Sadly we couldn’t travel in the Covid pandemic and it is still not as easy as it used to be. So revisiting my favourite artists virtually made the ‘new’ normal just a bit more ‘normal’ and I love to discover the quirky, human bits of famous artists or paintings. It's a bit like; “But wait - there must be more…”
Claude Monet's house & garden in Giverny is one of my favourite places. Visited long ago many times it always brings back a smile and vivid memories. The famous painter had also a very charming domestic side. Some 30 years ago, I came across a book by Claire Joyes, telling the enchanting story of Monet's life at Giverny and his love of good food and wine. The book is accompanied with photographs of handwritten recipes from his notebook. He even collected recipes of dishes he encountered on his travels or at his friends' houses.
Good food is always accompanied by good wine, and food and wine are the great communicators of culture and art, Monet was an expert at both. We don't know what wine he preferred and only Bordeaux is mentioned. What we know is that he imbibed liberally over a lavish lunch each day before returning to back to work. That would be my kind of daily routine. There are some jokes floating about that the midday enjoyment of wine had an impact on Monet’s soft-focused impressionist painting style. He also loved champagne, it was generously served at celebrations, and he insisted on decanting it. Well, I’m not so sure if that was wise …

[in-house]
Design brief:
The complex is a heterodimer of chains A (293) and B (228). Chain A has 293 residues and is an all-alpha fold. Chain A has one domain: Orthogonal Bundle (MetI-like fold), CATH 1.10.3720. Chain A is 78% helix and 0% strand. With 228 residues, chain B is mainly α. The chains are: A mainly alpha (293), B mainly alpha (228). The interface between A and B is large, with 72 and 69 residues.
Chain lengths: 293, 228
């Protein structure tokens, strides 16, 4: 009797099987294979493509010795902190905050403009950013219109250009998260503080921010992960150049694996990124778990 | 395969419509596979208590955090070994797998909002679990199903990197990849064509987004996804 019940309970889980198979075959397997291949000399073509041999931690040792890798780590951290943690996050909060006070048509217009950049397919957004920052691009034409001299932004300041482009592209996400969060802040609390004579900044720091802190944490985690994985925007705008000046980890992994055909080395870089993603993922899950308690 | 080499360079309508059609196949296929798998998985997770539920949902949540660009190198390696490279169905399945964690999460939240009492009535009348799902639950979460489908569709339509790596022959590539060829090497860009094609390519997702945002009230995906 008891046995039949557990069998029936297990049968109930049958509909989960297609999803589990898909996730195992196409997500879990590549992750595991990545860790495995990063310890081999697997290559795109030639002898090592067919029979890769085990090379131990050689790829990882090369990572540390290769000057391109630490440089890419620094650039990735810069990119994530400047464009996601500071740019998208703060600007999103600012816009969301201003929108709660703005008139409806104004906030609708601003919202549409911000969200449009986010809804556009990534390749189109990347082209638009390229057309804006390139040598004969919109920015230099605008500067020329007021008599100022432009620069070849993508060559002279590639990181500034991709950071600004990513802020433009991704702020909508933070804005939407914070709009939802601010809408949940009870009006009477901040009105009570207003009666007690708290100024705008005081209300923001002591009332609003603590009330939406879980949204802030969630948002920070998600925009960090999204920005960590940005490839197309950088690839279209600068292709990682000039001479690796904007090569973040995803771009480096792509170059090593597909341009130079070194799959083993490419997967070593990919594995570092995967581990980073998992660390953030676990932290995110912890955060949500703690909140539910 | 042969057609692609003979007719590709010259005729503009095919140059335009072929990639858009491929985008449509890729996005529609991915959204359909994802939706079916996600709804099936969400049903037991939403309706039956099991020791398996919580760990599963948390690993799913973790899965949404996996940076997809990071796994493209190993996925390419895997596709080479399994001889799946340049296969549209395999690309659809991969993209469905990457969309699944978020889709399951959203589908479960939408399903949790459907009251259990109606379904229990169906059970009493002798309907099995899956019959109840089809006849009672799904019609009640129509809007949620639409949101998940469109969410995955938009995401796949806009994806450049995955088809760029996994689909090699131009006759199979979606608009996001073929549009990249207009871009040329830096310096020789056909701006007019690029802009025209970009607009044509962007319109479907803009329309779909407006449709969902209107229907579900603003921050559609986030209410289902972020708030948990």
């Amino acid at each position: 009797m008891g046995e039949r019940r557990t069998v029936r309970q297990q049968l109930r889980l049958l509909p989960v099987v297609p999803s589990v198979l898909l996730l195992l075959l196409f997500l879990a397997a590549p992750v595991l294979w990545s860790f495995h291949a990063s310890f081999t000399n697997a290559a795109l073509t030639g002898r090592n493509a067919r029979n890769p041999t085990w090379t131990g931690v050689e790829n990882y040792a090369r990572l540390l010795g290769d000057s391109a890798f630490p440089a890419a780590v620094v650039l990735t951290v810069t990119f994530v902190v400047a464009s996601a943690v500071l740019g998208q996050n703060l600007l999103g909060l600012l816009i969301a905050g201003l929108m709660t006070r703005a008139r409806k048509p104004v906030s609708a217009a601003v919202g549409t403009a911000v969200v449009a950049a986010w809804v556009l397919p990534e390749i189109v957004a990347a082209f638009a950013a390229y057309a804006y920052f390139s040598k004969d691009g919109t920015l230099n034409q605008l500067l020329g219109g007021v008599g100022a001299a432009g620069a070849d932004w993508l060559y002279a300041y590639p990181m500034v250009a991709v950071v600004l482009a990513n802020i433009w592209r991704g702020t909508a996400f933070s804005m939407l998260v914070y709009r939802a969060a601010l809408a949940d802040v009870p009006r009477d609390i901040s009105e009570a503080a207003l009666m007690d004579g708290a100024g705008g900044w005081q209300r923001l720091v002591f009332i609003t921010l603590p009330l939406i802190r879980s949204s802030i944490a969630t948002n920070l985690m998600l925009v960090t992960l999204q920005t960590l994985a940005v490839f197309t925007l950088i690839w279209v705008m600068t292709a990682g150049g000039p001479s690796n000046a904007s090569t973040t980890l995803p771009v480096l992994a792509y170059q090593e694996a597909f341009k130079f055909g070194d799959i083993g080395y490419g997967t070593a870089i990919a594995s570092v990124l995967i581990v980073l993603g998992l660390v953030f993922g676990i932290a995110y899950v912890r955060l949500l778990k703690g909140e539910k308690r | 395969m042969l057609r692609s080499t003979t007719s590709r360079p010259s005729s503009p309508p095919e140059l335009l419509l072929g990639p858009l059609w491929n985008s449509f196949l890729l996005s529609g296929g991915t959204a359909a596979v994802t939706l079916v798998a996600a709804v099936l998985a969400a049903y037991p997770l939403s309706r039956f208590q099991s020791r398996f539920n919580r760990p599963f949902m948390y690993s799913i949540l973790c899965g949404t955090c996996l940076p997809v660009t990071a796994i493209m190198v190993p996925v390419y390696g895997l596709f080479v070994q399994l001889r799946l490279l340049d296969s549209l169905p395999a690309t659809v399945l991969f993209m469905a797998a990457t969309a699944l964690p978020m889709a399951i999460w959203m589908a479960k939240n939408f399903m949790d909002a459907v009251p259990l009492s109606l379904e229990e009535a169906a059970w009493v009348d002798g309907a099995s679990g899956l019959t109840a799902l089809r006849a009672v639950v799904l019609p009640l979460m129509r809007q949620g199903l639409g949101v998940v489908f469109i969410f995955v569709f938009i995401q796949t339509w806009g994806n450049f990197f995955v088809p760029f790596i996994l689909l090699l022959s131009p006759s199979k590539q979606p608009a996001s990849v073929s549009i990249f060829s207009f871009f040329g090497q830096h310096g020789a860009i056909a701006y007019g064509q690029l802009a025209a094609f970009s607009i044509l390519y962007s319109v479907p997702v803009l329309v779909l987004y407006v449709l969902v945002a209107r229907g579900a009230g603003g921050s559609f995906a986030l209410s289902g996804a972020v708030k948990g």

Monet was a moody, reserved and very private man but loved to entertain friends. He only did lunch, never dinner, as he worked to a strict timetable around his painting routine. He always had an early night so he could get up at dawn to catch the 'light'. Lunch was served at 11:30am, again to catch the afternoon 'light'. This regime would have given him lots of work hours in summer and a well deserved rest in winter …
His regular guests were fellow Impressionists we all admire today; Renoir, Degas, Cézanne, Pissaro and many more. Monet died at the great age of 86, so much for the health benefits of a 'Good Life'.
Better still, he will be my point of reference next time my GP asks; how many glasses of wine I had during the week.
His closest friend, Georges Clémenceau, insisted that a floral cloth should grace Monet's casket, as black is not a colour and rarely used by Impressionists and was deemed to be inappropriate. Please get in touch if you are interested in some of Monet’s recipes, I’m happy to share them with you.
🎨 Art & Wine are a natural pair. Still Life by Claude Monet;
Bottle, Carafe, Bread and Wine 1862-63